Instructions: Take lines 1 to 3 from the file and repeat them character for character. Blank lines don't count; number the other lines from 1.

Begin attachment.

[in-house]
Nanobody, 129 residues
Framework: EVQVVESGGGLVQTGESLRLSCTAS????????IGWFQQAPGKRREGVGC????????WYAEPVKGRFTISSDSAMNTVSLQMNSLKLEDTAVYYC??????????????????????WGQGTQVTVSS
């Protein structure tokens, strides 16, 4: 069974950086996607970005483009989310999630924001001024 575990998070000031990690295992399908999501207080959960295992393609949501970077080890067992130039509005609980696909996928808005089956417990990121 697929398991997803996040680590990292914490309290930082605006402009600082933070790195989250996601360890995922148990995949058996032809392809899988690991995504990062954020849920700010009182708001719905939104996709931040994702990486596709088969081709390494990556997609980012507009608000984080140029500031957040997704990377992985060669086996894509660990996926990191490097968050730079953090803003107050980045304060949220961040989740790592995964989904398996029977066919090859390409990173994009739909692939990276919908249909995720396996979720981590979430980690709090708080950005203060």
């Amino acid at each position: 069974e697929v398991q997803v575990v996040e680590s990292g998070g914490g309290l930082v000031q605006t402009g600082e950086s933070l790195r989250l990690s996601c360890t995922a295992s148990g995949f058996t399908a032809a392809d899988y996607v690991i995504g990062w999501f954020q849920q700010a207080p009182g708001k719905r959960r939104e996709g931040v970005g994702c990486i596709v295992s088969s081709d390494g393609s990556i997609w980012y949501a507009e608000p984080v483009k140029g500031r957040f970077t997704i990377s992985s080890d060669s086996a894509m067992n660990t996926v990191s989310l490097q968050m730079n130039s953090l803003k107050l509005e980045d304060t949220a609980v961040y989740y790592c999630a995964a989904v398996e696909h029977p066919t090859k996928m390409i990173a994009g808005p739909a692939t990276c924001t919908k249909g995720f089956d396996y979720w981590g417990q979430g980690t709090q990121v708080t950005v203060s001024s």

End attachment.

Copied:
[in-house]
Nanobody, 129 residues
Framework: EVQVVESGGGLVQTGESLRLSCTAS????????IGWFQQAPGKRREGVGC????????WYAEPVKGRFTISSDSAMNTVSLQMNSLKLEDTAVYYC??????????????????????WGQGTQVTVSS